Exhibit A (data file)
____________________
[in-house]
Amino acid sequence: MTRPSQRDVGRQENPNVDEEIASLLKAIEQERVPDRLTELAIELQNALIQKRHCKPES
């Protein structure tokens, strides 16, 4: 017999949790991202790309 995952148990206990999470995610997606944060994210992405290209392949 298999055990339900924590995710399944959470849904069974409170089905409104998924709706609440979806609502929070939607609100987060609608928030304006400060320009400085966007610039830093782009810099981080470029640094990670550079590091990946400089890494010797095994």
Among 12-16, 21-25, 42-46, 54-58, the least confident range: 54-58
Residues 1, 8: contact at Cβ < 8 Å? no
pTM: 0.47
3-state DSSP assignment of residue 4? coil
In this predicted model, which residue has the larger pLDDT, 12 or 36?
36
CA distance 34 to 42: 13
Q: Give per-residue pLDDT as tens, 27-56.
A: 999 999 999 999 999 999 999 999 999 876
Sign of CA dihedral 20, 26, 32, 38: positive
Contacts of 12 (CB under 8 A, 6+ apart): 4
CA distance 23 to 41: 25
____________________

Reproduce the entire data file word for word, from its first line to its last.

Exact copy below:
[in-house]
Amino acid sequence: MTRPSQRDVGRQENPNVDEEIASLLKAIEQERVPDRLTELAIELQNALIQKRHCKPES
């Protein structure tokens, strides 16, 4: 017999949790991202790309 995952148990206990999470995610997606944060994210992405290209392949 298999055990339900924590995710399944959470849904069974409170089905409104998924709706609440979806609502929070939607609100987060609608928030304006400060320009400085966007610039830093782009810099981080470029640094990670550079590091990946400089890494010797095994």
Among 12-16, 21-25, 42-46, 54-58, the least confident range: 54-58
Residues 1, 8: contact at Cβ < 8 Å? no
pTM: 0.47
3-state DSSP assignment of residue 4? coil
In this predicted model, which residue has the larger pLDDT, 12 or 36?
36
CA distance 34 to 42: 13
Q: Give per-residue pLDDT as tens, 27-56.
A: 999 999 999 999 999 999 999 999 999 876
Sign of CA dihedral 20, 26, 32, 38: positive
Contacts of 12 (CB under 8 A, 6+ apart): 4
CA distance 23 to 41: 25